Targeted therapy is often used to complement chemotherapy and other cancer treatments to block the growth and spread of cancer cells. However, this type of cancer treatment is not available for all types of cancer.

 

Complementary and Alternative Medicine

If you feel like your treatment options are limited or if you need to look for additional ones, you might want to consider complementary and alternative medicine (CAM).

CAM describes a diverse group of treatments, methods, and products that are not considered conventional medicine. A conventional treatment has been scientifically tested, found to be safe and efficient, and is in accordance with the Canadian Food and Drug Regulations.

Complementary medicine is generally used to complement conventional cancer treatment, a method that is often referred to as ‘integrative medicine’. Alternative medicine includes unproven treatment regimens and products used instead of conventional treatments. Some patients seek out alternative medicine after conventional therapies have failed them. CAM therapy may offer physical, emotional, and spiritual support, reduces side effects from medical treatment, and may improve quality of life.

But before considering CAM therapy, you must first consult your doctor just as you would any other treatment approach, as some CAM therapies may interfere with conventional therapies.

 

Palliative Care

Palliative care focuses on prevention, management and relief of symptoms and side effects of cancer treatment. It also provides comprehensive support to cancer patients, as well as their family, friends, and caregivers.

Anyone, regardless of age, type of cancer or stage of cancer, may receive palliative care before, during, and after cancer treatment. Discuss palliative care with your healthcare providers soon after a cancer diagnosis. This helps patients better understand their prognosis and treatment goals, clarify expectations, and maintain quality of life.

 

Clinical Trials

You can also consider participating in a clinical trial for treatment of cancer.

Clinical trials are scientific studies that test new ways of preventing, treating, or managing cancer, like developing new drugs or combining existing treatments. Those who participate in a clinical trial are closely monitored to ensure that the treatments are safe and effective. Cancer treatments that are used today were, in fact, developed and tested in various clinical trials.

You may be asked to participate in a trial by your healthcare team, or you might be informed about a trial and ask your healthcare providers about it. Make sure to understand and learn all that you can before deciding to be part of a trial. It may be a good option for one person, but may not be right for someone else.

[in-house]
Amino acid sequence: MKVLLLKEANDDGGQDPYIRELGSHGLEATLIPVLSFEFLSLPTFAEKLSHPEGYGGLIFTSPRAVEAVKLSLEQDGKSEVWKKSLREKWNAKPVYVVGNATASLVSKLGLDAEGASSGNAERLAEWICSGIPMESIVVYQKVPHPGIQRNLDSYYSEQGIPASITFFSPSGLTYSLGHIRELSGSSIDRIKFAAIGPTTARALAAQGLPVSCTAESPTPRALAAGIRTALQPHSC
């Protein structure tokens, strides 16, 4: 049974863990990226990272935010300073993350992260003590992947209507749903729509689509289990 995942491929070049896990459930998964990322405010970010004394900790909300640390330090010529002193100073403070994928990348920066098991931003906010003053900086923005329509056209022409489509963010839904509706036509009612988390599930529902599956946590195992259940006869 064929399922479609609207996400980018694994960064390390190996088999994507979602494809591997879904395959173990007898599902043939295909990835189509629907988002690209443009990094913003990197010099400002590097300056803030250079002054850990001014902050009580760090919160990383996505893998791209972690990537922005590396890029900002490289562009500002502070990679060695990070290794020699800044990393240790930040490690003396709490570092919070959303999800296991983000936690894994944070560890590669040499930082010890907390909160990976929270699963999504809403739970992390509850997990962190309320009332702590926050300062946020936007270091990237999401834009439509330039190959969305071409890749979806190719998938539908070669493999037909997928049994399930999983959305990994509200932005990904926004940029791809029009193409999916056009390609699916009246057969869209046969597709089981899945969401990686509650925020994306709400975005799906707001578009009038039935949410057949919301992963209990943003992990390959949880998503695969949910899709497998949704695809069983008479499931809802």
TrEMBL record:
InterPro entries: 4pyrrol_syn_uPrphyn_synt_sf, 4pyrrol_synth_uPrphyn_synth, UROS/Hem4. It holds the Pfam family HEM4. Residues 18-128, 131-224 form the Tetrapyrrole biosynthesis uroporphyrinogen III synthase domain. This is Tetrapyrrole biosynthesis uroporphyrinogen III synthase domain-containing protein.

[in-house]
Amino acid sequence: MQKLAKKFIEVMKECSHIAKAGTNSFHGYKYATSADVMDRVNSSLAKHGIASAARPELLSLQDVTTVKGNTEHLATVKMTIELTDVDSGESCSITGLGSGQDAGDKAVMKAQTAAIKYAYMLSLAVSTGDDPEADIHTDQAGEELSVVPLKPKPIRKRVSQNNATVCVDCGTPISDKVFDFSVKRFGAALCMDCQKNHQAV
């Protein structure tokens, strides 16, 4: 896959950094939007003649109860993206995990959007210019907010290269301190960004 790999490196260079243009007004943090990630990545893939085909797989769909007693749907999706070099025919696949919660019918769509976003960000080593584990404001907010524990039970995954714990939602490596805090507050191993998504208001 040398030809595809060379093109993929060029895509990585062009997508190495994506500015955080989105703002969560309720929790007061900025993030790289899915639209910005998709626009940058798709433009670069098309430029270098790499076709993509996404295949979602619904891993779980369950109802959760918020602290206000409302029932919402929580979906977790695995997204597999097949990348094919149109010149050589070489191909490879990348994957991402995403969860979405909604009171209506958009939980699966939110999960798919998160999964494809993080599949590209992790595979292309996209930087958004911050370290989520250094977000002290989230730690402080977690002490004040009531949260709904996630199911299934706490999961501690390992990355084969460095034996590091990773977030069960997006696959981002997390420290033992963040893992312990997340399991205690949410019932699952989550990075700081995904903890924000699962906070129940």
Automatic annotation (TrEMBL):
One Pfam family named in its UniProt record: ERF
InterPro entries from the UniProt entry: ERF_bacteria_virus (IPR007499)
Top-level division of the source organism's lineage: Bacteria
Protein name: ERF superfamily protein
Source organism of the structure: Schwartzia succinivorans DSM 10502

Get to Know More

Everyone’s need for information is different. However, many people feel better when they can learn and understand more about cancer and their treatment options. By learning and understanding more, you can make the right decisions for your treatment plan.

If you’re looking for additional resources, you can check out the following websites:

 

The Canadian Cancer Society also has a search engine where you can quickly find cancer treatment services in your area.

Ebola Virus: What You Need to Know

 In this day and age, no other virus strikes as much fear in people as the Ebola virus, the cause of a massive fatal outbreak in West Africa.

According to a recent report by the World Health Organization (WHO), there are over 21,600 confirmed and suspected cases of Ebola, commonly in countries like Sierra Leone, Guinea, and Liberia. As of January 18, 8,600 people have died. This is the largest Ebola outbreak in recorded history.

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What is Ebola?

Previously known as Ebola Hemorrhagic Fever, Ebola is a serious and fatal disease transmitted by humans, non-human primates(monkeys, chimpanzees and gorillas), and fruit bats. The disease is caused by infection with one of five Ebola virus strains.

The five identified Ebola virus strains are:

  • Ebola virus (Zaire ebolavirus)
  • Sudan virus (Sudan ebolavirus)
  • Tai Forest virus (Tai Forest ebolavirus, formerly known as Côte d’Ivoire ebolavirus)
  • Bundibugyo virus (Bundibugyoebolavirus)
  • Reston virus (Reston ebolavirus)

 

The first four Ebola virus strains are known to cause disease in humans, while the fifth virus has caused disease in non-human primates.

 

The History of Ebola

Ebola was first discovered in the year 1976, near the Ebola River, in what is now known as the Democratic Republic of Congo. Since then, outbreaks have sporadically appeared in Africa.

The natural reservoir host of the virus remains largely unknown. But based on evidence and the nature of similar viruses, scientists believe that the Ebola virus is animal-borne, with fruit bats being the most likely reservoir.

The Ebola virus has been around for more than three decades, but there was an outbreak in March 2014 which began in West Africa. This recent outbreak is more deadly, more severe, and widespread compared to previous outbreaks.

 

Signs and Symptoms

After the Ebola virus enters the body, it kills cells and make some of them explode. The virus destroys a person’s immune system, causing massive internal hemorrhage (bleeding inside the body), and eventually damaging almost every body organ.

The signs and symptoms of Ebola infection include:

  • Fever
  • Severe headache
  • Myalgia (muscle pain)
  • Weakness
  • Malaise
  • Fatigue
  • Diarrhea
  • Nausea and vomiting
  • Abdominal pain